WATERTOWN — McKinley D. McBride, a soldier from Texas who’s had five deployments, is bringing his home-cooked Texas-style barbecue to the north country with his new made-to-order business.

Mr. McBride, who has been a soldier for 19 years and is set to retire in a few months, has been stationed on Fort Drum for the last two years. He said he’s proud of his military career, but it’s his work in the kitchen that brings him perhaps more fulfillment, and people in Watertown are starting to take notice. He’s surprised and humbled to be filling what at times seems like a culinary void in the region.

Mr. McBride opened Meals With Mack in March, serving home-cooked authentic Southern barbecue to residents on and off post. From smoked ribs, chicken, salmon, fried catfish, macaroni and cheese and shrimp and grits, Mr. McBride is delivering fresh meals that take hours to prepare and cook from his home on North Pleasant Street. That’s the Southern technique and style, as his influence comes from growing up in Fort Worth, Texas. His grandfather taught him how to smoke and grill meat, while his grandmother and mother taught him how to cook macaroni and cheese, fry catfish and make shrimp and grits.

“Cooking is really my passion,” he said. “It’s therapeutic. I love being in the kitchen. It’s something I’ve always done.”

He’s been cooking for others for years. He would often invite other soldiers who missed their families over for Thanksgiving dinner, and they would tell him that people would pay $15 for a plate of his food. He didn’t believe it. When Meals With Mack started a few months ago, he bought a box with 250 containers he was going to serve his food in. Since then, he’s gone through five of those boxes.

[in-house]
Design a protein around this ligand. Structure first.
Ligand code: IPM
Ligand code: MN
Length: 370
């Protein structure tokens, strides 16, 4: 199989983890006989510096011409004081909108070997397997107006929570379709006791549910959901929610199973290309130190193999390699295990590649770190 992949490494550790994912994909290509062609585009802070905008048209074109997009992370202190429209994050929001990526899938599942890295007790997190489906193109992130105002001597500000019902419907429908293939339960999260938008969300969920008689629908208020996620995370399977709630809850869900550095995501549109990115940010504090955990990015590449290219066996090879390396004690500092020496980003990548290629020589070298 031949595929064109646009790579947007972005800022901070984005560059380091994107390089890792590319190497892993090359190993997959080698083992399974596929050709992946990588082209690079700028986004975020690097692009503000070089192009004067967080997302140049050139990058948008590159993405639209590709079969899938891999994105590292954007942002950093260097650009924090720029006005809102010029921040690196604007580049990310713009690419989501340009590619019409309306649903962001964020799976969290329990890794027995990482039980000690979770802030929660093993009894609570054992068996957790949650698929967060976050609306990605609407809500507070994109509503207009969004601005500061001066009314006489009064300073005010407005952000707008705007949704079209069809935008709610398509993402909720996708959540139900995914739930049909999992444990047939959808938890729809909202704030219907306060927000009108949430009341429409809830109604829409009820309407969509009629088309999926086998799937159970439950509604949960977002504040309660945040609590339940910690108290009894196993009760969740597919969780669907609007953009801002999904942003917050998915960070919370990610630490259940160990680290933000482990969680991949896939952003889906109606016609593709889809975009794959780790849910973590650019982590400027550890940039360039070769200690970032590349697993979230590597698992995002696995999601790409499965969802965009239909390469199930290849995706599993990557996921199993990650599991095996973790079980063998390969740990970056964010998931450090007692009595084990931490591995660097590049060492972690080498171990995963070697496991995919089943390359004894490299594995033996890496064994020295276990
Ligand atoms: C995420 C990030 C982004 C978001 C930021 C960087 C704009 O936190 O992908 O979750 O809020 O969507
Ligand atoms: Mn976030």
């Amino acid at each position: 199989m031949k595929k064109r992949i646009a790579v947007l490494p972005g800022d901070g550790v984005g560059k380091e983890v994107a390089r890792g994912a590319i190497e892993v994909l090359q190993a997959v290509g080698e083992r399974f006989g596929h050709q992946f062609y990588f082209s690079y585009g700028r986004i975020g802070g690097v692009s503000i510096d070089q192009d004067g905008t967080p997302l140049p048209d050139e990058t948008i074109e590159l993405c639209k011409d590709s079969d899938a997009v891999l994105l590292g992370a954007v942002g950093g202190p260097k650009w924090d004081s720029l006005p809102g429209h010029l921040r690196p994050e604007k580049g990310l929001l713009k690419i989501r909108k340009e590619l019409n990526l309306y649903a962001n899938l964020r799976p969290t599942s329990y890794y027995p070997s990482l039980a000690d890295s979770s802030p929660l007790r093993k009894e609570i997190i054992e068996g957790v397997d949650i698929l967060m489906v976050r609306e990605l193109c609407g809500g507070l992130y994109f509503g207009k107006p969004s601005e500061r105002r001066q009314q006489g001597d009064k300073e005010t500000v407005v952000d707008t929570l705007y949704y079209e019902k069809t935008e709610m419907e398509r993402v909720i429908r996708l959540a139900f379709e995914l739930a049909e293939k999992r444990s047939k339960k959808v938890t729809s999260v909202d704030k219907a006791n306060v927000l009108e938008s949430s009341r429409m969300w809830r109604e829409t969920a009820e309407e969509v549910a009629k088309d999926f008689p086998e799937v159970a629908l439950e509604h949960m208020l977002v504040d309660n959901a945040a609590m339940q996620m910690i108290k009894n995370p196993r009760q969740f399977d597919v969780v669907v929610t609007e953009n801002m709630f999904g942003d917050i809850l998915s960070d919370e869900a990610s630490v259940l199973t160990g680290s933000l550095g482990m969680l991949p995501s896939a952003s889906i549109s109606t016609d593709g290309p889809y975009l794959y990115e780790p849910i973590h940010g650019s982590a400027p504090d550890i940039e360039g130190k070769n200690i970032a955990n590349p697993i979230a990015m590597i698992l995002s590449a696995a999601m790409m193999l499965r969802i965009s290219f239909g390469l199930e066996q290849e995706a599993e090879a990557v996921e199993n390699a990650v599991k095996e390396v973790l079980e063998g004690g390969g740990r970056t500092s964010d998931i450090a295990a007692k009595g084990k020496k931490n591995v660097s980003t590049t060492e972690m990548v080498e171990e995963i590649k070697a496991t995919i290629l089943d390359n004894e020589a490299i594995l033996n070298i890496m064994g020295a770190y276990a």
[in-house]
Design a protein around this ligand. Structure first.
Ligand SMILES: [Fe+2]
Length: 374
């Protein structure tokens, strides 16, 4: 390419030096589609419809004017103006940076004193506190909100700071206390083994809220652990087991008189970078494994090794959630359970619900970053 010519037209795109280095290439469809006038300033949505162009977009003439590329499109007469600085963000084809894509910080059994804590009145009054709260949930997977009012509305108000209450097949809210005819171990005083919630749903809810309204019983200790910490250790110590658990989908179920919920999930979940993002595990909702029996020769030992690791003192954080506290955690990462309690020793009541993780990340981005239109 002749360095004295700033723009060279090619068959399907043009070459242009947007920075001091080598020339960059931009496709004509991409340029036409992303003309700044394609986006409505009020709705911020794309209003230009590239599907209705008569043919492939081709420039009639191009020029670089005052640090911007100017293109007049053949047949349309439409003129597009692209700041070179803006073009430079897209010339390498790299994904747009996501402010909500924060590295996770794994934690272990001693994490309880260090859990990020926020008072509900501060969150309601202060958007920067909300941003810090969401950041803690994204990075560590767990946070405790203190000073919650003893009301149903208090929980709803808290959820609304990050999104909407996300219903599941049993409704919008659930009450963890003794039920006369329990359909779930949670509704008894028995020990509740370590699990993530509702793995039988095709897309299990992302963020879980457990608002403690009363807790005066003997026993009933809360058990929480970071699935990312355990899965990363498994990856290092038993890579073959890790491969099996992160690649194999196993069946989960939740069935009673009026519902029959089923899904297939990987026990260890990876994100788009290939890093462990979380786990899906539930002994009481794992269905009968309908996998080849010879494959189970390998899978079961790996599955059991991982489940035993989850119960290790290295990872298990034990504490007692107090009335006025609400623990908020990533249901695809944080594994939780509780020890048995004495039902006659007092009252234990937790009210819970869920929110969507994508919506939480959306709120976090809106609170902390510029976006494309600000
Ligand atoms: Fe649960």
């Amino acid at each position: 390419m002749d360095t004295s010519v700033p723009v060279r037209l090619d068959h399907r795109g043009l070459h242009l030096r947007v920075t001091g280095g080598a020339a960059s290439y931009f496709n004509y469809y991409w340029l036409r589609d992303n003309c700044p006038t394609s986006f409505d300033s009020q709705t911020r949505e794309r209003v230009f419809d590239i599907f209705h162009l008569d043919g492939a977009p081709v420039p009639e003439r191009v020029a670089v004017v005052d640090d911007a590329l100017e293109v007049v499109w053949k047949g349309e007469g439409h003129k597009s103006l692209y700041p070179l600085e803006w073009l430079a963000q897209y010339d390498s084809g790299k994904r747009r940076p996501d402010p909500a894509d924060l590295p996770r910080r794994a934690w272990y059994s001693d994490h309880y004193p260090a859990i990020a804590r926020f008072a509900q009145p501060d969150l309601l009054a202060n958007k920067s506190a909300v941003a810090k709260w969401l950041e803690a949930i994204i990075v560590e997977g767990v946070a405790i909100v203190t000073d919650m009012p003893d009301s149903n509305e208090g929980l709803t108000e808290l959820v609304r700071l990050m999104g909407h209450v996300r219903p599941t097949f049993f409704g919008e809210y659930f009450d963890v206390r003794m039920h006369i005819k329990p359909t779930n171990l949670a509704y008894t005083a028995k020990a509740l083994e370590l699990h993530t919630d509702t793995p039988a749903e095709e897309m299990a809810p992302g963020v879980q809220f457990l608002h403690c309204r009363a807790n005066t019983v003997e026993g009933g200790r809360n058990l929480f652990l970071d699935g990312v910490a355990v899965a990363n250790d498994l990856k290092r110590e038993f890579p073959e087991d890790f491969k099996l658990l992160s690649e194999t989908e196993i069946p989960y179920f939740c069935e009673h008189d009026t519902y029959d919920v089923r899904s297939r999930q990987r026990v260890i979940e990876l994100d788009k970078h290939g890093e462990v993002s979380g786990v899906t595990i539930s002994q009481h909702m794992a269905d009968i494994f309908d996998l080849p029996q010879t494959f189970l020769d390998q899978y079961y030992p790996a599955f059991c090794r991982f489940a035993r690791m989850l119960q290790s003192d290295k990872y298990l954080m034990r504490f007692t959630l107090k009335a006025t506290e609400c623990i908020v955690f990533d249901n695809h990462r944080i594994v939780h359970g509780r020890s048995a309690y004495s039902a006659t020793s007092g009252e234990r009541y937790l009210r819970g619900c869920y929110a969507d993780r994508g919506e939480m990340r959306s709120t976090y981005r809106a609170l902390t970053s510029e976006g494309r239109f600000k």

“I’m very humbled,” he said. “I love doing it. I love cooking for people. I love serving people. That’s just who I am.”

Mr. McBride begins taking orders through Facebook on Mondays, and by Friday he stops taking them. He then goes to the store and buys the amount of food that was ordered and begins preparing the meals. He’ll season his meat with garlic salt, pepper, salt, onion powder, pork rub, Kick’N Chicken and Tony Chachere’s Creole seasoning, which is a blend that he said adds some flavorful spice. He also uses liquid smoke, one of his favorites, to incorporate more flavor into the meat. Mr. McBride then gets up Saturday morning at around 5:30 a.m. and begins smoking his meat for hours.

On the grill, he uses indirect heat with hickory or mesquite wood chips. Ribs, for example, go directly on the grill for about 90 minutes, and then he’ll put them into a pan and cover them in foil. He’ll then finish the covered ribs on a second-level grill that isn’t as hot, which maintains the low-and-slow process. That’s called the Texas Crutch method, he said, and the goal is to trap all the flavors in the foil as the ribs continue to cook. The process can take between three and four hours, which optimizes the tenderness of the meat.

When the meals are done on Saturday, he’ll meet anyone who ordered from off post in the afternoon on Arsenal Street, and then he’ll go on post to meet the others. He takes pride in seeing the look on people’s faces when they eat his food.

“My grandfather believed in food being what we all connect through, and it’s passed down,” he said. “For me, that’s where I think food in itself outshines a lot of other things. Food tastes better when you’re having a conversation.”

Anyone interested in Mr. McBride’s food can message him their orders on his Facebook page, “Meals With Mack,” on weekdays. Or they can call him at 254-247-6771.

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Johnson Newspapers 7.1

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